That Dickens thinks a report that allowed a Democrat to respond to charges made by a Republican equals "playing down" the Republican's charges is pretty much all you really need to know about the Media Research Center.
UPDATE: Another NewsBusters post, by Tim Graham, claimed that on "Hardball," Chris Matthews "downplayed" Earle's alleged partisanship, but Graham failed to note that the first segment of "Hardball" was Matthews' interview of DeLay, in which DeLay repeatedly bashed Earle as a partisan and Matthews made no attempt to challenge DeLay's accusations.
Graham's claimed source for his "Hardball" item? Geoff Dickens.
You Gotta Sin to Get Saved Topic: WorldNetDaily
A Sept. 29 WorldNetDaily article describes "a sexy commercial for the National Hockey League featuring a bare-chested man being dressed by a scantily clad, buxom woman."
In keeping with its policy of offering both sin and salvation, the WND article provides not only links to the video but also a plug for David Kupelian's "The Marketing of Evil," under which this commercial presumably qualifies. But isn't WND now an active participant in this marketing?
Arrogant Massie Topic: The ConWeb
Project 21 issued a press release quoting Mychal Massie denouncing Rep. Charles Rangel for saying "George Bush is our Bull Connor" -- even though Massie himself has used the exact same slur against Sen. Harry Reid.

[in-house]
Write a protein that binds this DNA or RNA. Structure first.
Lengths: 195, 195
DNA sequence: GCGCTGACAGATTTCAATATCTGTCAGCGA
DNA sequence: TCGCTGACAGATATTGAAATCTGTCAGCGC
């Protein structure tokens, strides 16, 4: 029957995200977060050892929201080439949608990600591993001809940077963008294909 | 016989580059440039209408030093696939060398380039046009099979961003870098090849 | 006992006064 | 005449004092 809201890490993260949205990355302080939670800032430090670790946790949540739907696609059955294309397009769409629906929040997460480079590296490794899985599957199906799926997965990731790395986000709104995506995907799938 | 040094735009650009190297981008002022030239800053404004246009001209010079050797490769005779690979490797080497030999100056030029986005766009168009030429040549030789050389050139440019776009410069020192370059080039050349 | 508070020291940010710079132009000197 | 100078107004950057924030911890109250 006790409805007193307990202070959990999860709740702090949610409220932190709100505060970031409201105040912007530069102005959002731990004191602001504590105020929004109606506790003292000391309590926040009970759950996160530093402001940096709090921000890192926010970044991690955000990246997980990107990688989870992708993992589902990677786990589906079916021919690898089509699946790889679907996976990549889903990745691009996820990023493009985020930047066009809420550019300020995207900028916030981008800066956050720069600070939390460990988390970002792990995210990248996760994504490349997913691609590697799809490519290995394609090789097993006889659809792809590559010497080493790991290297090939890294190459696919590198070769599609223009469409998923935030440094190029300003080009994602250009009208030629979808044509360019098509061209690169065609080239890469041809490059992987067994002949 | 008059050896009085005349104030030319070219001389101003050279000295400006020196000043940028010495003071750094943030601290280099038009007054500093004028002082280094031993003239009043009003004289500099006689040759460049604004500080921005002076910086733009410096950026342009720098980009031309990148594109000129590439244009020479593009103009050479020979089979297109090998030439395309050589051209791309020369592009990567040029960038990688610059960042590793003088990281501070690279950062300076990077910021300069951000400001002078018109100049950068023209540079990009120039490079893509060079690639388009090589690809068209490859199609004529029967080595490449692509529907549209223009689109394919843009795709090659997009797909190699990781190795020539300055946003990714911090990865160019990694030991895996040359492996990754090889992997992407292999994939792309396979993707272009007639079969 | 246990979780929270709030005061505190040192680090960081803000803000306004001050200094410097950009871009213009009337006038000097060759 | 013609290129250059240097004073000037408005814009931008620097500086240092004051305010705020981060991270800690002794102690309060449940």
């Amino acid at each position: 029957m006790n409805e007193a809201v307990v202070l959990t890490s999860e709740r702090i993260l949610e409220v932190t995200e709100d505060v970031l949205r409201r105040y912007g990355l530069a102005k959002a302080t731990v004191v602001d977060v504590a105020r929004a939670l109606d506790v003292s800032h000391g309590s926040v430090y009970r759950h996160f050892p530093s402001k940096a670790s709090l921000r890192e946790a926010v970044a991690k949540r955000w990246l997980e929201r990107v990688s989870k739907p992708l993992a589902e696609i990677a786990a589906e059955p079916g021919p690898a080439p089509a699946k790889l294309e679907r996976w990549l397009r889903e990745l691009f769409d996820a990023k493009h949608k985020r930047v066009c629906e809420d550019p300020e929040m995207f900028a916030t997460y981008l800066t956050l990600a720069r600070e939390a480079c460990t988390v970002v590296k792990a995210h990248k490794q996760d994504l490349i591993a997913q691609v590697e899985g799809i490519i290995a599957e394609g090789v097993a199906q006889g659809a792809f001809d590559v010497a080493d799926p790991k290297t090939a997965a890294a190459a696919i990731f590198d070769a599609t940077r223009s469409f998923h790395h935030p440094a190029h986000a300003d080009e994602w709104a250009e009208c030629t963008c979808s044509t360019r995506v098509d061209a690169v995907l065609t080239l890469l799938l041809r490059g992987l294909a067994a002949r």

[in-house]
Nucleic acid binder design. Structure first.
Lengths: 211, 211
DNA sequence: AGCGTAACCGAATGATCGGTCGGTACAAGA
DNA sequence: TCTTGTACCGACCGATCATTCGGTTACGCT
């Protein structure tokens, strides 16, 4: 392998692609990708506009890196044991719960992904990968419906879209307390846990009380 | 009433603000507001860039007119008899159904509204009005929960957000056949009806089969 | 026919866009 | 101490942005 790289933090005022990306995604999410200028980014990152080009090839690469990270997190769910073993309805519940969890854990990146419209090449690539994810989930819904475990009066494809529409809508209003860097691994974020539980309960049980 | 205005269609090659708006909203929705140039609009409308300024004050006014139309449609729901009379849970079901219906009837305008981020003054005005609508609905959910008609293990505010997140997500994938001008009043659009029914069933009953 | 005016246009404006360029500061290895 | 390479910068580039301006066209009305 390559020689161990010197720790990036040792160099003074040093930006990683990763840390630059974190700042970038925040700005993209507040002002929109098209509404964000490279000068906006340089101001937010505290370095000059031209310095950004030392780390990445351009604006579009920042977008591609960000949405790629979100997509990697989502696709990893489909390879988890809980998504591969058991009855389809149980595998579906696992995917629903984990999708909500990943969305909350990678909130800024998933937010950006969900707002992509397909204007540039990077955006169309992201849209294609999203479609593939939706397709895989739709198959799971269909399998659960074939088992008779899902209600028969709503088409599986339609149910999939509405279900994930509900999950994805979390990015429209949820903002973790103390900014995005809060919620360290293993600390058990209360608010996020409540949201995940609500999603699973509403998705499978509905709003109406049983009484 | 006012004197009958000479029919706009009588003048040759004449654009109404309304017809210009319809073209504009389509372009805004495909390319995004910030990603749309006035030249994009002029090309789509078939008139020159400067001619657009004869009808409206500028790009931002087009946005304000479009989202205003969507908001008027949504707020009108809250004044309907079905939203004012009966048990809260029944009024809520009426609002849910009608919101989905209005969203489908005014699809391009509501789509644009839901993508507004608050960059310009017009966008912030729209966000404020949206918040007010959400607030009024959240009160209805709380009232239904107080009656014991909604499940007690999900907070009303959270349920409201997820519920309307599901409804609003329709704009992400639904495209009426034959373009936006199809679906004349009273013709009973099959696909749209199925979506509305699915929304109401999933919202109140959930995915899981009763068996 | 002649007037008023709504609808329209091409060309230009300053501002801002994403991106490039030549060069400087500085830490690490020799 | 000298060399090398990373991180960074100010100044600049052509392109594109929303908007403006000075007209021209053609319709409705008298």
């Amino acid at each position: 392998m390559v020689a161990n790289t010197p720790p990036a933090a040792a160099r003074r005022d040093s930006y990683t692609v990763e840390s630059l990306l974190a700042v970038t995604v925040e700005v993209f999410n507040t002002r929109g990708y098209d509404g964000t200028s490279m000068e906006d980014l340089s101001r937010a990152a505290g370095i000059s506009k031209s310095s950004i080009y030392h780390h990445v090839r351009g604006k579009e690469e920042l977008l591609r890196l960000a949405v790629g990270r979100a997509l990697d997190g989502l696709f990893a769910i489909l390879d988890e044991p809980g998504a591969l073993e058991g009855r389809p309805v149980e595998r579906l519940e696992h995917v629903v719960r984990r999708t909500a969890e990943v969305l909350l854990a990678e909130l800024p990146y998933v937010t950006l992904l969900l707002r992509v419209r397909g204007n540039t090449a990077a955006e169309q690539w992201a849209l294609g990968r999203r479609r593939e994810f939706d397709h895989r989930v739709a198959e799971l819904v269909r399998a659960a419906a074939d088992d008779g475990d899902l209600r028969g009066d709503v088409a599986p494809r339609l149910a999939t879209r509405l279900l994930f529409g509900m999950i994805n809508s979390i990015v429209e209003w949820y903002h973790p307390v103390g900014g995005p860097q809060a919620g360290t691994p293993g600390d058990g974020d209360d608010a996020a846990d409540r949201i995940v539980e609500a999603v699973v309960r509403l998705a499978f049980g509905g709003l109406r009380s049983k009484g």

The Daily Les, 9/26 and 9/28 Topic: The Daily Les
On Sept. 26, Les Kinsolving asked Scott McClellan to respond to comments made by Rep. Charles Rangel who said that "George Bush is our Bull Connor": "Since The New York Post says Rangel should be ashamed of himself, I'm wondering if the White House agreed?"
Kinsolving does not note any outrage that his fellow WorldNetDaily columnist, Mychal Massie, similarly likened Sen. Harry Reid to not just Bull Connor but Orval Faubus as well.
On Sept. 28, Kinsolving asked about President Bush's pick for a new Supreme Court justice:
"President Bush has suggested his pick to replace Sandra Day O'Connor will likely bring diversity to the court. Does he mean diversity in color, gender or philosophy? Or is he more concerned with the look of the new justice, rather than the substance?"
All Gay, All the Time Topic: Media Research Center
In a Sept. 28 post at NewsBusters, Lyford Beverage insists that the Boston Globe is "referred to by some as the "all-gay, all the time" Boston Globe," purportedly because "the Globe has consistently found ways to put stories on the front page that focus on 'gay' issues, whether they're legitimate front-page news or not (most often, not)."
You Knew This Already Topic: The ConWeb
Initial ConWeb coverage of the indictment of Rep. Tom DeLay is going predictably. Reports by WorldNetDaily and CNSNews.com played up accusations by DeLay and his spokesman, Kevin Madden, that the Texas prosecutor who filed the charges, Ronnie Earle, is a partisan seeking political retribution against DeLay without noting that Earle has prosecuted more Democratic officials than Republicans. (WND earns extra points for using the term "Democrat Party" even though there is no such thing.)
Begging for Money Topic: WorldNetDaily
A Sept. 28 WorldNetDaily article by Joe Kovacs disparagingly details Air America Radio's attempt to seek donations from listeners. The headline of Kovacs' article calls it "Panhandle broadcasting," and Kovacs plays up the comments of Michelle Malkin, who claims Air America is "crumbling."
Kovacs fails to point out, however, that Air America is hardly the first for-profit media organization to beg for money from its listeners or readers. One organization whose efforts precede Air America's is ... WorldNetDaily.